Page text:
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There is no recent data on school inequities, or inequity in society for that matter, that suggests we have arrived at Dr. King’s dream that his “four children will one day live in a nation where they will not be judged by the color of their skin but by the content of their character.” Children today are instead still judged by the color of their skin, and this inequitable practice is manifest in today’s schools for students of color in the form of: disproportionate student discipline referrals, achievement and opportunity gaps, pushout rates, overrepresentation in special education and underrepresentation in advanced coursework, among other indicators (Brooks, 2012). Though issues of race in the public education system may take an overt or covert form; racial injustice in public schools is still pervasive, complex and cumulative. For example, many students of color, year after year, do not have access to “good” teachers, experience low staff expectations, and are subject to “new and improved” forms of tracking (Brooks, Arnold & Brooks, in press).The authors in this book explore various ways that racism are manifest in the American school system. Through a plurality of perspectives, they deconstruct, challenge and reconstruct an educational leadership committed to equity and excellence for marginalized students and educators.
Robert L. Green, a friend and colleague of Martin Luther King Jr., served as education director for King's Southern Christian Leadership Conference during a crucial period in Civil Rights history, and--as a consultant for many of the nation's largest school districts--he continues to fight for social justice and educational equity today. This memoir relates previously untold stories about major Civil Rights campaigns that helped put an end to voting rights violations and Jim Crow education; explains how Green has helped urban school districts improve academic achievement levels; and explains why this history should inform our choices as we attempt to reform and improve American education.
The existing form for public education is industrial in nature and is not a match for what should be the function of an education system in an information age society--one that is characterized by technology, globalism, a new definition of work, and rapid, relentless change. This book explains how the mismatch between function and form is creating circumstances that are putting the future of public education at risk, leading to system dysfunction, deregulation, and privatization. Public education needs to be redesigned and reformatted to match the function of the age in which we now live. The current structure and function denies too many students the levels of access, equity, and opportunity that their parents once enjoyed. Achieving that outcome is important to the economic, social, and political wellbeing of America.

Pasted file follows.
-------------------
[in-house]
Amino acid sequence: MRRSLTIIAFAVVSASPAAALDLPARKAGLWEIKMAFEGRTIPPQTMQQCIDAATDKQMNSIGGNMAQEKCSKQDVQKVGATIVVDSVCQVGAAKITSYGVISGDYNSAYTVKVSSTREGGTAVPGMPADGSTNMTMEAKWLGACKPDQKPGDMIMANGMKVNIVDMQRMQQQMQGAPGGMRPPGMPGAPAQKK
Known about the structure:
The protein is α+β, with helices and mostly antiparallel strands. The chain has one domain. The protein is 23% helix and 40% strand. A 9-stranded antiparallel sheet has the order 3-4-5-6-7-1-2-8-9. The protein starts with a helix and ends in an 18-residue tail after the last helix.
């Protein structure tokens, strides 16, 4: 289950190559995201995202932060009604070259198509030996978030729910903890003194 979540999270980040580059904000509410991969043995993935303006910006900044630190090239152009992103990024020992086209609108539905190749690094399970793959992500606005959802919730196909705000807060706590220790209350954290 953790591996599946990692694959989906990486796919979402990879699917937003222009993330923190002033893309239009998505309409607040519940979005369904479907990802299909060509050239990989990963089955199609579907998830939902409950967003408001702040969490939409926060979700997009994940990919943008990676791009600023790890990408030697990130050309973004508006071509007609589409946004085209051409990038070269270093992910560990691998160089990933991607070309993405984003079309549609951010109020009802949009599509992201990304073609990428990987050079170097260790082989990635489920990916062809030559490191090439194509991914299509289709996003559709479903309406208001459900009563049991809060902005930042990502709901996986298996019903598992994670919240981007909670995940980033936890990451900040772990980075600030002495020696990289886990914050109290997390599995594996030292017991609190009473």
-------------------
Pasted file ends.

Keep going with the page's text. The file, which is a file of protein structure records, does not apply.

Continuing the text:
Educators across the nation are engaged in well-meaning efforts to address diversity in schools given the current context of NCLB, Race to the Top, and the associated pressures of standardization and accountability. Through rich ethnographic accounts of teachers in two demographically different secondary schools in the same urban district, Angelina E. Castagno investigates how whiteness operates in ways that thwart (and sometimes co-opt) even the best intentions and common sense-resulting in educational policies and practices that reinforce the status quo and protect whiteness rather than working toward greater equity. Whereas most discussions of the education of diverse students focus on the students and families themselves, "Educated in Whiteness" highlights the structural and ideological mechanisms of whiteness. In schools, whiteness remains dominant by strengthening and justifying the status quo while simultaneously preserving a veneer of neutrality, equality, and compassion. Framed by critical race theory and whiteness studies, this book employs concepts like interest convergence, a critique of liberalism, and the possessive investment in whiteness to better understand diversity-related educational policy and practice. Although in theory most diversity-related educational policies and practices are intended to bring about greater equity, too often in practice they actually maintain, legitimate, and so perpetuate whiteness. Castagno not only sheds light on this disconnect between the promises and practices of diversity-related initiatives but also provides insight into "why" the disconnect persists. "